October 23, 2018 - I glassed in the remainder of the bottom of the tank as well as the butt end of the tank with vinylester and tooling cloth.  This completes the glassing of the tanks themselves.  They will still get cleaned and prepped, then coated with KBS sealer before I attach the tops.  The green color of the vinylester resin doesn't seem to show very well in the photos, but the insides of the tanks are completely lined with a minimum of 1 layup of tooling glass and vinylester resin, with 2 - 3 reinforcements layups in the corners.

October 24, 2018 - This is a very big step that I have been worrying about for a month or two now.  I have fitted up the first section of top and have it ready to go onto the tank once the tanks have been coated with a slosh sealant.  It's hard to tell from the photo, but it fits very nicely.  The small X at the top of the tank cover is the centering hole for the filler neck, which is being relocated to the outer cell of the tank.

October 25, 2018 - Today I cut out the tank baffles and fitted them to the tanks.  The baffles are made up of 1/8" Divinycell with a single lay up of 5.85 oz tooling glass on each side with vinylester resin.  Note that with the exception of the main fuel pickup, all the welding flanges are now glassed in.  The main fuel pickup is also floxed into place and glassed over.  It just doesn't show in the picture.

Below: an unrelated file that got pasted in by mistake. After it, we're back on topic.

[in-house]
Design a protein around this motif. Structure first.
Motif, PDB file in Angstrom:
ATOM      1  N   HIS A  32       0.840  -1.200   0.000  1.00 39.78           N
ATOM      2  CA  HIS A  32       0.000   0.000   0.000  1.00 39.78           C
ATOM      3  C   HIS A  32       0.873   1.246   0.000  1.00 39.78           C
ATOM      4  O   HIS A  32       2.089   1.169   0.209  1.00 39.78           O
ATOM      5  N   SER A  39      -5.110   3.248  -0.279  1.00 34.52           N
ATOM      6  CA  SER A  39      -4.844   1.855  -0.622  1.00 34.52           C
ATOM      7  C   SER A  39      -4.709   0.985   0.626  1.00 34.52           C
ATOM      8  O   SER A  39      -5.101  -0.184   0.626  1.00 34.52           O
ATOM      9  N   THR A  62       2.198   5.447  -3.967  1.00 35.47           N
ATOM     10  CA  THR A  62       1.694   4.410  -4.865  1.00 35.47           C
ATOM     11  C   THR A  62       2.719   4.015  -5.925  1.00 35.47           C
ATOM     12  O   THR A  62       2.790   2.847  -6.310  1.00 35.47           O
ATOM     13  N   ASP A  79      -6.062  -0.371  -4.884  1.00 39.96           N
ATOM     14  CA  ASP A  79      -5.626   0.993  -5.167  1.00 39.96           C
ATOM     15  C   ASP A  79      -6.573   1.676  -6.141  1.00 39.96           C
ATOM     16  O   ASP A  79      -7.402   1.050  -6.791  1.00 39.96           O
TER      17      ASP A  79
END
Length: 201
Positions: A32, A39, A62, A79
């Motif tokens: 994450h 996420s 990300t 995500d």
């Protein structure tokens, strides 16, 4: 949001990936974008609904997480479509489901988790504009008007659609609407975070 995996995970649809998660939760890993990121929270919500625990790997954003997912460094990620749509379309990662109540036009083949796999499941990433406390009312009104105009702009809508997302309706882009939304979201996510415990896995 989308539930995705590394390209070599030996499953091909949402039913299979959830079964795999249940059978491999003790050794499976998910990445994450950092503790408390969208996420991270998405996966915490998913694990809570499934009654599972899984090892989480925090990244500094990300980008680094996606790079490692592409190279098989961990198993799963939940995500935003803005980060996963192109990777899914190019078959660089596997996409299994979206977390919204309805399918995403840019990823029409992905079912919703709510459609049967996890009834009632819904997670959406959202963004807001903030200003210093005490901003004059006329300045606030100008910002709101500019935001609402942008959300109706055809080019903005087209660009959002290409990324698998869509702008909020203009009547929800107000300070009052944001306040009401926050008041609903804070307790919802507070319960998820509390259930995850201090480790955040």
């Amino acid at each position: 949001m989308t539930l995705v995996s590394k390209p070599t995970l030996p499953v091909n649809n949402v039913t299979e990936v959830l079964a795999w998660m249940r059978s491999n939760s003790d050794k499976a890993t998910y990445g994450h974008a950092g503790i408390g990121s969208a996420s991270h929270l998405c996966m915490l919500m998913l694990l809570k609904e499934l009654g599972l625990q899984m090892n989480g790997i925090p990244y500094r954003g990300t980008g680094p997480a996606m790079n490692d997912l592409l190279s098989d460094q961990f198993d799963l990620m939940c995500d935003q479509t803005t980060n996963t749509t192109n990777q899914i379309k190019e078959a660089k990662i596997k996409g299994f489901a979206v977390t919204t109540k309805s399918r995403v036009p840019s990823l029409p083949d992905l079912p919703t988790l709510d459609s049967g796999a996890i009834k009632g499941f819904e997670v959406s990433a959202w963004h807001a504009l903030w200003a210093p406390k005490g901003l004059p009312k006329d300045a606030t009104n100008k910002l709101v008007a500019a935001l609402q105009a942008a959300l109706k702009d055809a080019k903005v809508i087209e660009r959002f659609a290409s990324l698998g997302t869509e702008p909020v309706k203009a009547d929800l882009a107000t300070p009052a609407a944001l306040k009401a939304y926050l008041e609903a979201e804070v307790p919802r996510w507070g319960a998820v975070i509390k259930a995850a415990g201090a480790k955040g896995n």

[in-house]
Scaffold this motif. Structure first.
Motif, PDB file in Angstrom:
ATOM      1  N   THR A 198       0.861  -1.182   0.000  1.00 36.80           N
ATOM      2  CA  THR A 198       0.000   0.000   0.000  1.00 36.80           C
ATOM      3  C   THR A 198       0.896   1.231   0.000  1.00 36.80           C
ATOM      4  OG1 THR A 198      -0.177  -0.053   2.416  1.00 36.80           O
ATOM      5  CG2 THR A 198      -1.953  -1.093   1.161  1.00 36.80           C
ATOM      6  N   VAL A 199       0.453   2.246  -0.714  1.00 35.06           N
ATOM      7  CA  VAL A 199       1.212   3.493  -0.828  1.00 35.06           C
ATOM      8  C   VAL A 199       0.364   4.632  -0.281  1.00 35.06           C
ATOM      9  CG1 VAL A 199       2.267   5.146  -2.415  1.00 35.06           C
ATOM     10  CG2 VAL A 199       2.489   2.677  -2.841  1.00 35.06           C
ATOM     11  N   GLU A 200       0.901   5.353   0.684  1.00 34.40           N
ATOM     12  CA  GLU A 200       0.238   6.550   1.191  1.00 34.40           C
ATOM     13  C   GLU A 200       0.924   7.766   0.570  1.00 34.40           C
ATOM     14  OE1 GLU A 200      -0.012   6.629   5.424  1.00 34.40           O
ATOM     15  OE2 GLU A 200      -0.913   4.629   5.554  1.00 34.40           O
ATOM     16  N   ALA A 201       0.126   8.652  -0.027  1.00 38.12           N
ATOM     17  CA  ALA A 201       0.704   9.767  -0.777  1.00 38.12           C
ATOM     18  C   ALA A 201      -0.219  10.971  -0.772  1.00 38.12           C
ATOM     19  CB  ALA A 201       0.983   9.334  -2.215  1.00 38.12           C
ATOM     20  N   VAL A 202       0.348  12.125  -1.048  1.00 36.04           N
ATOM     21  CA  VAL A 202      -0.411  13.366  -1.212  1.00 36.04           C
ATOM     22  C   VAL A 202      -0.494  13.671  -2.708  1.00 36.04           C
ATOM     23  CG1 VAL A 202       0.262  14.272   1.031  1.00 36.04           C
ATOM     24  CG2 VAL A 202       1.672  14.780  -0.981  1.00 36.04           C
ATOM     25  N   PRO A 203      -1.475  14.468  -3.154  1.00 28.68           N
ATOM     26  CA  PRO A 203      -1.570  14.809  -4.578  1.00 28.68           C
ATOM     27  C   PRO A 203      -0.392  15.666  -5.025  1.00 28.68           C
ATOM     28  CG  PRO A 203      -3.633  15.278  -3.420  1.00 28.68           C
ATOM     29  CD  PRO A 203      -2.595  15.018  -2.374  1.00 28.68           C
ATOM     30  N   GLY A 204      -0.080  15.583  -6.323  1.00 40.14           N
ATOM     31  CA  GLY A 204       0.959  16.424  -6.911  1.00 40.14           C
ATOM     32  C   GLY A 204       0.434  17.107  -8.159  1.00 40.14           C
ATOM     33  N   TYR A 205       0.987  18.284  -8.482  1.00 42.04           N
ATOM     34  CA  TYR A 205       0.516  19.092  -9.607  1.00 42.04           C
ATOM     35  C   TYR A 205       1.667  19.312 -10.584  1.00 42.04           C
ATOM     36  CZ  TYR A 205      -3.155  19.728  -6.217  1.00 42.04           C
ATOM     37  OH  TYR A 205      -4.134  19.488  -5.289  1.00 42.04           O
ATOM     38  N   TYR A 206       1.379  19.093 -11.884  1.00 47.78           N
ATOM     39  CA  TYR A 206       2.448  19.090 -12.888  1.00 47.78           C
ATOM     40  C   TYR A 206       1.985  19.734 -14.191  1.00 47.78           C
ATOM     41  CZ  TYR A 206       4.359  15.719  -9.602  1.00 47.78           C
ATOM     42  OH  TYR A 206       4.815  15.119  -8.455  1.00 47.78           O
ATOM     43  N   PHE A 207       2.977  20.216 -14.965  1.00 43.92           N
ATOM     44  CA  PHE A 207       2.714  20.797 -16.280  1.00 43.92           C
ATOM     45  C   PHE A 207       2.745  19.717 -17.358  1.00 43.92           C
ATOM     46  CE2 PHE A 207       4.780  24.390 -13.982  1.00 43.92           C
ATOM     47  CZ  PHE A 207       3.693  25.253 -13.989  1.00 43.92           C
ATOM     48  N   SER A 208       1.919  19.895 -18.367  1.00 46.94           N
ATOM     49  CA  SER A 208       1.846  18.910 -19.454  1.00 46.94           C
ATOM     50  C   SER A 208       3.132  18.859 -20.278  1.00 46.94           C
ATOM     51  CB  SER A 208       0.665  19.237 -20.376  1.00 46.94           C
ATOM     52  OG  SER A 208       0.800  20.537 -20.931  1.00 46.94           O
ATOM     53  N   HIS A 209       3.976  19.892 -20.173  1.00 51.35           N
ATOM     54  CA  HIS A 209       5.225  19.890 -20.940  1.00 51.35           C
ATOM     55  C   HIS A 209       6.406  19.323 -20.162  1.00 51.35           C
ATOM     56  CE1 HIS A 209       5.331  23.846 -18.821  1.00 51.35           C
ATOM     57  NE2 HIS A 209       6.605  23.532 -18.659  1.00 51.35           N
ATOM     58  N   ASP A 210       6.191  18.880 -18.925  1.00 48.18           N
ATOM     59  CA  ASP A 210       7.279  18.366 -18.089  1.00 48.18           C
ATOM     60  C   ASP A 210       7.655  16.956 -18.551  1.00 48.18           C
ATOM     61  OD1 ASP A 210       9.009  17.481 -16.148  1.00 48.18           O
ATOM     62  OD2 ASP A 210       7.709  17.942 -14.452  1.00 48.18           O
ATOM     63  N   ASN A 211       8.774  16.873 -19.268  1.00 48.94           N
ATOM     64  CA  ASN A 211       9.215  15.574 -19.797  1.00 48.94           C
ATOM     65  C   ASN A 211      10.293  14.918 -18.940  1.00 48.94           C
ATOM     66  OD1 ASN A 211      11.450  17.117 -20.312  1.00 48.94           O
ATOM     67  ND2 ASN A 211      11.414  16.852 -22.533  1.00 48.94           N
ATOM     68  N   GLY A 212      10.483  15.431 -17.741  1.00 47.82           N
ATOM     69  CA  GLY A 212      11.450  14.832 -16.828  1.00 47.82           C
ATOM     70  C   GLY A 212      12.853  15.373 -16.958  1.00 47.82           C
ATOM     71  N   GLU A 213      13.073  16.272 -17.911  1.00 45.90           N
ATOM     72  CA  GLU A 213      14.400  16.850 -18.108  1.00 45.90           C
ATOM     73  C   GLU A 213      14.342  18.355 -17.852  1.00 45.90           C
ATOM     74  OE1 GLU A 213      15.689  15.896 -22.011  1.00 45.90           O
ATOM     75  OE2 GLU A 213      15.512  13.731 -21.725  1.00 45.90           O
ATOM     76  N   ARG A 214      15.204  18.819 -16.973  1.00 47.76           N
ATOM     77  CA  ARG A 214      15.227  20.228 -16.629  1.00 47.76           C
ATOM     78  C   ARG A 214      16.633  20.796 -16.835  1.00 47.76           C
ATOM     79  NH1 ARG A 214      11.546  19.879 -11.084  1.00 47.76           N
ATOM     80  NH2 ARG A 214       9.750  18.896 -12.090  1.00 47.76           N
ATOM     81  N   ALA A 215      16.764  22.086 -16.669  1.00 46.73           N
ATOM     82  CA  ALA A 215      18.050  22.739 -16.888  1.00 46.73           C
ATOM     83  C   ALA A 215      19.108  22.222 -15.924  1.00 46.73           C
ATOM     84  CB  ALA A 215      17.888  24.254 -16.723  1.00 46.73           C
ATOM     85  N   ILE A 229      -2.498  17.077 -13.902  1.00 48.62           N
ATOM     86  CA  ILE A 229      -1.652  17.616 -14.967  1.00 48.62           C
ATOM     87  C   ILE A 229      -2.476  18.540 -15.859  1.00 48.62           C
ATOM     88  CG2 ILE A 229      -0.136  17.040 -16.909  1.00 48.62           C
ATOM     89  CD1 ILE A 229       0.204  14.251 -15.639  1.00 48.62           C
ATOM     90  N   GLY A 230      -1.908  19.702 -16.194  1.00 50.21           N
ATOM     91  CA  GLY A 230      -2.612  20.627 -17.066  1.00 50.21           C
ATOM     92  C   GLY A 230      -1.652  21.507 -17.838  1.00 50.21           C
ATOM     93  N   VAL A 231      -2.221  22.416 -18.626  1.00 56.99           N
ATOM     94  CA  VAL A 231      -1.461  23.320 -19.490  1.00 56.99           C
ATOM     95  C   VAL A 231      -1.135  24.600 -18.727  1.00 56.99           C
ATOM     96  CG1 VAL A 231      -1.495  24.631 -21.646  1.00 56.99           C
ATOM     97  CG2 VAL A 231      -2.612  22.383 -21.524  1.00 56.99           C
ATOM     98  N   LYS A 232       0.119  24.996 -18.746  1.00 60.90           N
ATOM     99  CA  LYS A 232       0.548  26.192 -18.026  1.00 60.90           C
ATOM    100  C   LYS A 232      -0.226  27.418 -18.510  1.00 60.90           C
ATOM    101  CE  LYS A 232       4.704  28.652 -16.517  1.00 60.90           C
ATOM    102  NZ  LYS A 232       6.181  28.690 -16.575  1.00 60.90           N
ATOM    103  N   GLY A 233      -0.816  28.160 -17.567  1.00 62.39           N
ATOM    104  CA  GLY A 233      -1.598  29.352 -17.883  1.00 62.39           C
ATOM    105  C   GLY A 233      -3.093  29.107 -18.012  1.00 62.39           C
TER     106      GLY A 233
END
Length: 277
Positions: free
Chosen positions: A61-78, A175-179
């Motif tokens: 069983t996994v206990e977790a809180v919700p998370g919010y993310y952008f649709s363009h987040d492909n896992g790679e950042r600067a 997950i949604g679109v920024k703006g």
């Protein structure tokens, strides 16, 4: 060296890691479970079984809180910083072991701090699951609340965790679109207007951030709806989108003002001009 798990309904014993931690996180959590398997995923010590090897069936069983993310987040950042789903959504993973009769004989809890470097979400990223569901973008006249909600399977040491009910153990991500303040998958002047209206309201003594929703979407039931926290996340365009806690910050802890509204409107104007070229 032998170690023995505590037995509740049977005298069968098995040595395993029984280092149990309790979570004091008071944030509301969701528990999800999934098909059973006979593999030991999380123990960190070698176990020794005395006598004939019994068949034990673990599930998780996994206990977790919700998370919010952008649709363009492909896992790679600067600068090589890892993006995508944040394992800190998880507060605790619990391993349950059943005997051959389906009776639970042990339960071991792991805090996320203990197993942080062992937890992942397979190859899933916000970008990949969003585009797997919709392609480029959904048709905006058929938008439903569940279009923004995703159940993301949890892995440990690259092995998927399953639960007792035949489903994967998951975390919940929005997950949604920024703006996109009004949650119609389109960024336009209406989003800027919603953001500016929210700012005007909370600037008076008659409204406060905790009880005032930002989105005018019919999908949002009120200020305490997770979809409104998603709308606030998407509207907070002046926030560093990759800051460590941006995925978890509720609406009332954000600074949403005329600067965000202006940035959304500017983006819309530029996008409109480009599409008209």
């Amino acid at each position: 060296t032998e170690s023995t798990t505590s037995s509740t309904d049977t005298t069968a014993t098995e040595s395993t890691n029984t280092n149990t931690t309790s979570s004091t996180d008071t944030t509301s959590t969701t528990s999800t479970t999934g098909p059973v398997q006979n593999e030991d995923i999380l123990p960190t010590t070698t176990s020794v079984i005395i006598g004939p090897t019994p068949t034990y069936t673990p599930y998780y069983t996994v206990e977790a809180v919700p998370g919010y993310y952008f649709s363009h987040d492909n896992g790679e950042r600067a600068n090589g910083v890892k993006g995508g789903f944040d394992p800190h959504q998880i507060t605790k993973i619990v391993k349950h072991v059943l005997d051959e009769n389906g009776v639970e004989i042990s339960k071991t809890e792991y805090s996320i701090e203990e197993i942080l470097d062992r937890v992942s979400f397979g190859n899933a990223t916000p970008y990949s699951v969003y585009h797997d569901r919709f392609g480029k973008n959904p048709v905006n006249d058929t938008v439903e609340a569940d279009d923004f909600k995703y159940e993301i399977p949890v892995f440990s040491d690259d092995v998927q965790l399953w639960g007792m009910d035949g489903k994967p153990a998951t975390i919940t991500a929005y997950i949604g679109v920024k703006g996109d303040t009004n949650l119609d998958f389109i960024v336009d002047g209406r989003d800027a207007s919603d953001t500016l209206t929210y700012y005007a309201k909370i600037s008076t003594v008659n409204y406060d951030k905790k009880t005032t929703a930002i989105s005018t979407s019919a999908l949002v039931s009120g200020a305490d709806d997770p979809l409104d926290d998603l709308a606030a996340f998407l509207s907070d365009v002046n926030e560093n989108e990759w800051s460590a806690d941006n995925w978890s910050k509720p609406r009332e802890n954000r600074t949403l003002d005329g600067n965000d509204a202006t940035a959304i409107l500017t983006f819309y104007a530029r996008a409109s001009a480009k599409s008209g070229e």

October 26, 2018 - I used my 3-1/8" punch to punch the hole for the fuel filler neck into the outer bay.  The top for the tank is fitted, but not attached.

I also cut out and fitted all the rest of the top pieces as well as the shims to shim the fuel filler neck up into place to fit the tank cover.

Filler neck shimmed into place on the tank top with the tank cover in place.

The tanks were cleaned and prepped, so are ready to apply the KBS slosh sealer tomorrow.  The white tape is masking to leave a strip with no sealer where I'll bond the ribs underneath the tops when I attach the tops.  The angular wedges along the white masking are stops to push the ribs up against when I install them.

October 27, 2018 - Fuel tanks have two coats of KBS slosh compound/sealer.